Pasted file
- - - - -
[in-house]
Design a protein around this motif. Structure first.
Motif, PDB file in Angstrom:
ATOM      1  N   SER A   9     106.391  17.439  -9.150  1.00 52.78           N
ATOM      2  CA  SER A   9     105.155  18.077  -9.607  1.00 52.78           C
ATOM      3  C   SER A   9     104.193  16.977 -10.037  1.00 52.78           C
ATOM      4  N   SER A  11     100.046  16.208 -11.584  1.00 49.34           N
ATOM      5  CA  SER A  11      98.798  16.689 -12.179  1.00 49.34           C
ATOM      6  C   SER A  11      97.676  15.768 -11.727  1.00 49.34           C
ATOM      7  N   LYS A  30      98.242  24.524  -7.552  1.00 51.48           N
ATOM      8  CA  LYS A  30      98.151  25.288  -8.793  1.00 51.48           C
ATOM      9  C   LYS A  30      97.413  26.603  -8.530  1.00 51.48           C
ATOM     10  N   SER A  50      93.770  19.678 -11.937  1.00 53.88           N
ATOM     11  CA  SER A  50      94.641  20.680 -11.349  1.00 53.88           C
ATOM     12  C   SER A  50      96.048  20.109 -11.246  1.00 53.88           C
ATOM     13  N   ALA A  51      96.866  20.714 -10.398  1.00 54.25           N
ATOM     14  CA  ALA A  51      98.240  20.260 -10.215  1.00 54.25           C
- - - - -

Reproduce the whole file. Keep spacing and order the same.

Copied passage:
[in-house]
Design a protein around this motif. Structure first.
Motif, PDB file in Angstrom:
ATOM      1  N   SER A   9     106.391  17.439  -9.150  1.00 52.78           N
ATOM      2  CA  SER A   9     105.155  18.077  -9.607  1.00 52.78           C
ATOM      3  C   SER A   9     104.193  16.977 -10.037  1.00 52.78           C
ATOM      4  N   SER A  11     100.046  16.208 -11.584  1.00 49.34           N
ATOM      5  CA  SER A  11      98.798  16.689 -12.179  1.00 49.34           C
ATOM      6  C   SER A  11      97.676  15.768 -11.727  1.00 49.34           C
ATOM      7  N   LYS A  30      98.242  24.524  -7.552  1.00 51.48           N
ATOM      8  CA  LYS A  30      98.151  25.288  -8.793  1.00 51.48           C
ATOM      9  C   LYS A  30      97.413  26.603  -8.530  1.00 51.48           C
ATOM     10  N   SER A  50      93.770  19.678 -11.937  1.00 53.88           N
ATOM     11  CA  SER A  50      94.641  20.680 -11.349  1.00 53.88           C
ATOM     12  C   SER A  50      96.048  20.109 -11.246  1.00 53.88           C
ATOM     13  N   ALA A  51      96.866  20.714 -10.398  1.00 54.25           N
ATOM     14  CA  ALA A  51      98.240  20.260 -10.215  1.00 54.25           C